COMPARATIVE STUDY
JOURNAL ARTICLE

Radioiodine lobar ablation as an alternative to completion thyroidectomy in patients with differentiated thyroid cancer

C S Bal, A Kumar, G S Pant
Nuclear Medicine Communications 2003, 24 (2): 203-8
12548045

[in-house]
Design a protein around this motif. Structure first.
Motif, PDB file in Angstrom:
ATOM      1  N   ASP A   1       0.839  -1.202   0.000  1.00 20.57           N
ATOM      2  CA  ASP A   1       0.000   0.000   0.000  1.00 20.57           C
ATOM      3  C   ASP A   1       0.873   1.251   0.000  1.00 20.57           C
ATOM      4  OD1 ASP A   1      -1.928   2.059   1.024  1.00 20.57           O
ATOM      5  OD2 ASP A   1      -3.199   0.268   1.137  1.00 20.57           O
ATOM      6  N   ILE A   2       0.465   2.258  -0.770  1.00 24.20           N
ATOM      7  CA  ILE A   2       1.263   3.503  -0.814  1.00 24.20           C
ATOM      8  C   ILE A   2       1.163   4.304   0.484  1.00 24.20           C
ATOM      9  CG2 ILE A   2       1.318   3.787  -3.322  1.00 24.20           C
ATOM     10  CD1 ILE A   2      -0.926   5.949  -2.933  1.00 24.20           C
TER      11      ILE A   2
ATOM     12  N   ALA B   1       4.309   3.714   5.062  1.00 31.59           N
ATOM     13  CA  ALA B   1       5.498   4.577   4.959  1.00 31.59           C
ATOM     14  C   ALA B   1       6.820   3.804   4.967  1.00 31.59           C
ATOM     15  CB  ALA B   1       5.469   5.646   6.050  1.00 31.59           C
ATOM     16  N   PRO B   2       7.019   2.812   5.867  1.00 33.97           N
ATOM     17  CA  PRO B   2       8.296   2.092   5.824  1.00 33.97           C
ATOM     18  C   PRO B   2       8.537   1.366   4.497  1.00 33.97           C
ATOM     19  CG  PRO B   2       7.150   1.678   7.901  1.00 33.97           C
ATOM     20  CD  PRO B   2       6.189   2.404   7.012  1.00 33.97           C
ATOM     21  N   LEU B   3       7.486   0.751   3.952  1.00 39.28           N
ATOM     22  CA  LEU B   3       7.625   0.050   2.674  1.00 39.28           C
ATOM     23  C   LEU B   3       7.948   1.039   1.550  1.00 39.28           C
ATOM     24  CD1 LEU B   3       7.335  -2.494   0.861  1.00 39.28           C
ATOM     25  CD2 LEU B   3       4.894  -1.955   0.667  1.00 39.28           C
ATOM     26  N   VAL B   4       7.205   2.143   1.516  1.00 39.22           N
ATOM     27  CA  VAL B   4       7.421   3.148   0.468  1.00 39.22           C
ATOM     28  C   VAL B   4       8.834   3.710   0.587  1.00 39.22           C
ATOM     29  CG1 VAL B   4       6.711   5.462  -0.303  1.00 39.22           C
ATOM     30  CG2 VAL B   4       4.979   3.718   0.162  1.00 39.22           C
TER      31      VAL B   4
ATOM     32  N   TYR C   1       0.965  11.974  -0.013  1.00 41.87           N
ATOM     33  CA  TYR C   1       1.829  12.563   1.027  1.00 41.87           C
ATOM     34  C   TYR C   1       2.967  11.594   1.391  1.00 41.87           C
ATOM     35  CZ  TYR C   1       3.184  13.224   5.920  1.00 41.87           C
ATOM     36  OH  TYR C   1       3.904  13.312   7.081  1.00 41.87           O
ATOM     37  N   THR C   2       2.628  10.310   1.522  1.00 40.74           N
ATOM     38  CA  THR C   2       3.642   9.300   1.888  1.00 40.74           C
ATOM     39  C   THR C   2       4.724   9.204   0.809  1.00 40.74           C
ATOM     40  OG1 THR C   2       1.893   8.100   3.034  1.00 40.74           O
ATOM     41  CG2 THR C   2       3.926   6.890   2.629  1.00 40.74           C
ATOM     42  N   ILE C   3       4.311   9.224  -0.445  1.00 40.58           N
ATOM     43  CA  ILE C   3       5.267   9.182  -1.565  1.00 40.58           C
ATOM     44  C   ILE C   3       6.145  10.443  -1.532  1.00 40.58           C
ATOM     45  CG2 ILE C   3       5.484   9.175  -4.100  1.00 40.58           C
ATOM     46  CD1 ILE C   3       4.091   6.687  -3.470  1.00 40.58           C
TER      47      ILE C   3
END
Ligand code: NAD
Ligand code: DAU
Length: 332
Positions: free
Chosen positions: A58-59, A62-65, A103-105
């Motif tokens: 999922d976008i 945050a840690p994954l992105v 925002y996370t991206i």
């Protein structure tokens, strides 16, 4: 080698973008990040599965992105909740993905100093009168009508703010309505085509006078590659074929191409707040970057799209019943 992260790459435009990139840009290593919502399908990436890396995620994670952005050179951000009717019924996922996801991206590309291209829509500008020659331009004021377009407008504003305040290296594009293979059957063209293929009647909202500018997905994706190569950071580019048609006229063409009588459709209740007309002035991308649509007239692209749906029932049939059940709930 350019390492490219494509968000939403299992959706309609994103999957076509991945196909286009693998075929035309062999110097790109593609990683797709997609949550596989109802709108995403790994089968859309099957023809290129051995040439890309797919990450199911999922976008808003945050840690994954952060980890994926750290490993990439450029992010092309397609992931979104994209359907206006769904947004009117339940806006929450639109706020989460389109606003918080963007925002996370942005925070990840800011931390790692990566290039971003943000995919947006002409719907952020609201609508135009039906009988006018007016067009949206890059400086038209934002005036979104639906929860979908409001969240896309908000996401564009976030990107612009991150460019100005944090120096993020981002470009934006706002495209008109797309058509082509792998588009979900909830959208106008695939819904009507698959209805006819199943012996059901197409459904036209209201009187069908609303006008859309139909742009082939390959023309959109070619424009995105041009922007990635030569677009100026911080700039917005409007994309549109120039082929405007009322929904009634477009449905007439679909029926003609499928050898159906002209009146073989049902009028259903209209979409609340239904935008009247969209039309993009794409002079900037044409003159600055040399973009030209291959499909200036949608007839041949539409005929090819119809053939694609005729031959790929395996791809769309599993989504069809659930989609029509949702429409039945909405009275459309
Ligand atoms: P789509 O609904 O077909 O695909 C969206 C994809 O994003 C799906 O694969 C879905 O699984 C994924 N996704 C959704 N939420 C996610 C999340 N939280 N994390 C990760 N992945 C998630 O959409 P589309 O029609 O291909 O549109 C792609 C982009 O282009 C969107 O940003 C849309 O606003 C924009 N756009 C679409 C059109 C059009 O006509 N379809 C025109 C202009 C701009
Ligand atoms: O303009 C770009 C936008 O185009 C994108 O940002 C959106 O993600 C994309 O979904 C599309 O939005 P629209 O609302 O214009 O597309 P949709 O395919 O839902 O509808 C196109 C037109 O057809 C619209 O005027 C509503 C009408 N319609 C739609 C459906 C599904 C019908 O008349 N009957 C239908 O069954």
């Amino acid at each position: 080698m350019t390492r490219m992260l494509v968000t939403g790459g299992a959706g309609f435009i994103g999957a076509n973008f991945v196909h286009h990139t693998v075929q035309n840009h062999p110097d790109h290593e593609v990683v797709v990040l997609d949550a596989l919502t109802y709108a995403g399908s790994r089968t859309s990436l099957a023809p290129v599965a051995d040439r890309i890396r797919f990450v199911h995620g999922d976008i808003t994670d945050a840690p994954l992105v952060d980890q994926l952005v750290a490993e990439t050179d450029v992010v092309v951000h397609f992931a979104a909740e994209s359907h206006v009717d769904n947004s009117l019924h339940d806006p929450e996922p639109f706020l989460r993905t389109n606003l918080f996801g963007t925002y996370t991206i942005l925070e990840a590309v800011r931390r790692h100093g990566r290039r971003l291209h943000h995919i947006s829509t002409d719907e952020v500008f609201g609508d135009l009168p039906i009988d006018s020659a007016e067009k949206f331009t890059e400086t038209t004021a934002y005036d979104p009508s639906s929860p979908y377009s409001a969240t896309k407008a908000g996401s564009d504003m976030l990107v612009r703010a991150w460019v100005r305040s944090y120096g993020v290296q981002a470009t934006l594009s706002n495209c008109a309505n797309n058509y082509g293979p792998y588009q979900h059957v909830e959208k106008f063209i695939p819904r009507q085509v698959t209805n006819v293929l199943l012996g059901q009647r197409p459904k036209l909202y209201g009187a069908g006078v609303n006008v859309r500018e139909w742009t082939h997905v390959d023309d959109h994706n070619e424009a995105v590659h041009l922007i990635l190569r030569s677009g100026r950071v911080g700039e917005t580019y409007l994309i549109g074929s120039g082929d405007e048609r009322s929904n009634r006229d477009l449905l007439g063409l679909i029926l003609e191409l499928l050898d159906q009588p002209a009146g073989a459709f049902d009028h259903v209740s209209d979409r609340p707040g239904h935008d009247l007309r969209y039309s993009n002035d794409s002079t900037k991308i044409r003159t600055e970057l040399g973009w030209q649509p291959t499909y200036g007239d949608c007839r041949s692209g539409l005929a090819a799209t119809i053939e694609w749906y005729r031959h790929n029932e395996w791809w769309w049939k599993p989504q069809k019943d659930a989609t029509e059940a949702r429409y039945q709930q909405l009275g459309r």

This study seeks to evaluate the role of radioiodine in the ablation of the remaining thyroid lobe, following a histopathological diagnosis of minimally invasive follicular carcinoma or papillary carcinoma of > or =1.5 cm size in patients undergoing hemithyroidectomy. There were 93 patients (69 females and 24 males) with an average age of 37.3+/-12.5 years (range, 16-70 years) and a mean follow-up duration of 46 months. Sixty-six of the patients had papillary cancer and remaining 27 had follicular thyroid cancer. The mean 24 h radioiodine neck uptake at the first visit was 17.2+/-7.3% (4.4-34%). In view of the large amount of thyroid tissue to be ablated, which may produce radiation induced thyroiditis, low doses of radioiodine (15-60 mCi) were administered to the patients. The patients were evaluated 6 months after radioiodine therapy with a 131I whole-body scan and 48 h radioiodine neck uptake, and a thyroglobulin assay after 4-6 weeks of levothyroxine withdrawal. The thyroid lobe was completely ablated in 53 patients (56.9%) after one dose of I and the remaining patients had partial thyroid ablation, with the mean radioiodine neck uptake being reduced to 3.1+/-2.4%. The mean first dose of 131I was 31.8+/-11.7 mCi; the estimated mean absorbed dose was 251.3+/-149.3 Gy (range, 120-790 Gy). Around 30% patients, in each of whom a remnant thyroid lobe was ablated with a single dose of radioiodine, received < or =200 Gy. The cumulative ablation rate was 92.1% after two doses of 131I. Only seven patients needed a third dose of 131I. In our cohort, 15 patients (16.1%) complained of throat discomfort and neck pain. All of them were managed with mild analgesics except three patients who needed additional oral prednisolone for 7-10 days to overcome neck oedema. We conclude that, although completion thyroidectomy remains the standard treatment after hemithyroidectomy in cases of differentiated thyroid cancer, radioiodine ablation of an intact thyroid lobe is possible and it can be achieved with much smaller doses of radioiodine than previously believed. Lobar ablation is an attractive alternative to surgery for those who refuse to undergo completion thyroidectomy or had complications during initial surgery. However, the long-term outcome in this subset of patients remains to be determined.

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